Wewak, with its eye-catching, palm-infested beaches is the central town of the East Sepik Region. It is positioned near the opening of the famous Sepik River. Economic activities in the area are limited mainly due to primitive hinterland conditions, but a handful of coffee and coconut plantations are found in the area.
Wewak experienced the core of the Japanese troops who discovered its isolated location and set up hidden ports around the Kairiru Island. Not far from the town was the site where the Japanese surrendered, Cape Wom. Lieutenant General Adachi signed and surrendered documents as well as his sword to Major General Robertson in September of 1945. A war memorial stands at this historical site as well as the largest Japanese airfield in the country, which is still in good condition. To date, many war memorials continue to linger around the grounds of the plantations as a Japanese gun still points from the eastern end of the island. The Japanese/Papua New Guinea peace park as well as Japanese war graves are the other memorials erected in the town that can attest to the historical claims of the island.
Although the accommodations in Wewak are not too luxurious, they still provide ample facilities to serve as a base for the many day trips to one of the fifteen islands off the coast. The attractive town is usually the point where travelers pause before their Sepik expedition and stock up on their provisions. However, Wewak does has its own charming allure with its series of golden sandy beaches backed with hundreds of swaying palm trees along the long stretch of the coast.
Ideal tropical and private islands become a reality when traveling by boat to the Kairuru Island with its hot springs and waterfalls. Swimming and snorkeling remain the well-loved activities in its clear turquoise waters. Diving is another spectacular experience with its magnificent reef display, and abundance of marine life. Expect to see sharks, sea turtles, manta rays, and tuna as well as sunken shipwrecks from the Second World War.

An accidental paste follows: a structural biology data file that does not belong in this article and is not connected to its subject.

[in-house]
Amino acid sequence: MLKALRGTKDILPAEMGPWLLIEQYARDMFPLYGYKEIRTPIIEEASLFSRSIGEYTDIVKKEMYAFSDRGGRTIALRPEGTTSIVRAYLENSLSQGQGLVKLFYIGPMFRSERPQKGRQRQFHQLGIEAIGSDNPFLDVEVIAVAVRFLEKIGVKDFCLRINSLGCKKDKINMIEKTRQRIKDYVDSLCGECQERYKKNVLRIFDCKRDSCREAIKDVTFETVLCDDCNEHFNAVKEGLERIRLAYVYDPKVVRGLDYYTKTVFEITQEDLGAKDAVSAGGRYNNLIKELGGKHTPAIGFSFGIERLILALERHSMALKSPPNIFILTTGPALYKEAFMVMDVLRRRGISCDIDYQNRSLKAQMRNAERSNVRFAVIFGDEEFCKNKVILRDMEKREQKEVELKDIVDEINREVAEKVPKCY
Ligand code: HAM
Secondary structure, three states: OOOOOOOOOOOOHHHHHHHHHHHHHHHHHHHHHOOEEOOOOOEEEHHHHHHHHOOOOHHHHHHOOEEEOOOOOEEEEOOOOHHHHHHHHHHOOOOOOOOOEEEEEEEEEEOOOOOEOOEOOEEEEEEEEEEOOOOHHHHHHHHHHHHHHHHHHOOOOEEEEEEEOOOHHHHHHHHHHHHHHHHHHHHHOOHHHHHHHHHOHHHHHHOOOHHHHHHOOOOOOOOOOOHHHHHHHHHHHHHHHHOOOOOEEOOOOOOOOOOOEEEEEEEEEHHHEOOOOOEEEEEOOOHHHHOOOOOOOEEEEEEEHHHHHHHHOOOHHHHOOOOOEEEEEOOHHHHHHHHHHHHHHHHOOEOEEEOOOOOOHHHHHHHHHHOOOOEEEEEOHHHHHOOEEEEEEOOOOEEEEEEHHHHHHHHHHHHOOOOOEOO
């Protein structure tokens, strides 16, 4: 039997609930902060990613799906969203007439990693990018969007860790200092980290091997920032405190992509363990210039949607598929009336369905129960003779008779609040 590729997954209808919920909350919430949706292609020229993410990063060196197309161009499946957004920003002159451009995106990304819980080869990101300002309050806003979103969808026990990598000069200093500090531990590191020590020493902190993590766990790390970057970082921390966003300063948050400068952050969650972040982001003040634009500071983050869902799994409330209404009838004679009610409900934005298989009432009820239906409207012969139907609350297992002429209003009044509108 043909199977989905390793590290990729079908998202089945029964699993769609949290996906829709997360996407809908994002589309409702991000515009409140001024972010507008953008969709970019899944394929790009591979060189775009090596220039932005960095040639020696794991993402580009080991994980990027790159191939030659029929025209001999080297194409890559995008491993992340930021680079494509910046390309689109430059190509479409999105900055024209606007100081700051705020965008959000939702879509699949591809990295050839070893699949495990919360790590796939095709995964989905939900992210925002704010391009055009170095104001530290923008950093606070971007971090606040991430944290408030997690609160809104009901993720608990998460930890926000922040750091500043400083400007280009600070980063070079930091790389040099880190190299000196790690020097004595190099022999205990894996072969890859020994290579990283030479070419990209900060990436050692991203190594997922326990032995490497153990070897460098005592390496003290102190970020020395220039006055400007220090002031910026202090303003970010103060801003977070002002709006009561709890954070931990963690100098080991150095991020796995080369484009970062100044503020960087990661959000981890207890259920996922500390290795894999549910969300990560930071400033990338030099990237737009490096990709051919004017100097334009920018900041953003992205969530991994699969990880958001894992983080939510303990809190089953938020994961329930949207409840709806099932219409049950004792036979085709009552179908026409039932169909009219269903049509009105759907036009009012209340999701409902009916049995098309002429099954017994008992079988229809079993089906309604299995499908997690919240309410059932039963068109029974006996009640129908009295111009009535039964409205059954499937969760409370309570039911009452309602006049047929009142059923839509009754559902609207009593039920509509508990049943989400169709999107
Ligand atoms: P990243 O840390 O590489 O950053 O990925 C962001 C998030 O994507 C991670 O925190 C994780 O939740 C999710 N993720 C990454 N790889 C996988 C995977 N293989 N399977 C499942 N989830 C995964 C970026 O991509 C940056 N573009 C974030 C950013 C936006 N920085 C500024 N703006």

Another island off the coast is the Wuvulu Island, which was proclaimed to be one of the great dive sites in the world. The island rises directly up from an undersea plateau 2,000 meters deep. Despite the absence of rivers and creeks, the water is uncommonly clear in the Wuvulu Island. A guest house with diving equipment is available on the island.
During the months of September to January, the unprotected beaches along the coastline of the area bring in surfboard riders from all around the country and from abroad to surf at one of Papua New Guinea’s few surfing spots. The waters are surfable at all stages as it rarely gets crowded along the coastline beaches. Despite rocks being a hazard, the Wewak point still provides a great destination for surfers.
Wewak remains a picturesque town that overlooks the Bismarck Sea. As the gateway to the mighty Sepik River, experience this place at its best by swimming in its gold sandy beaches or diving amidst its magnificent corals.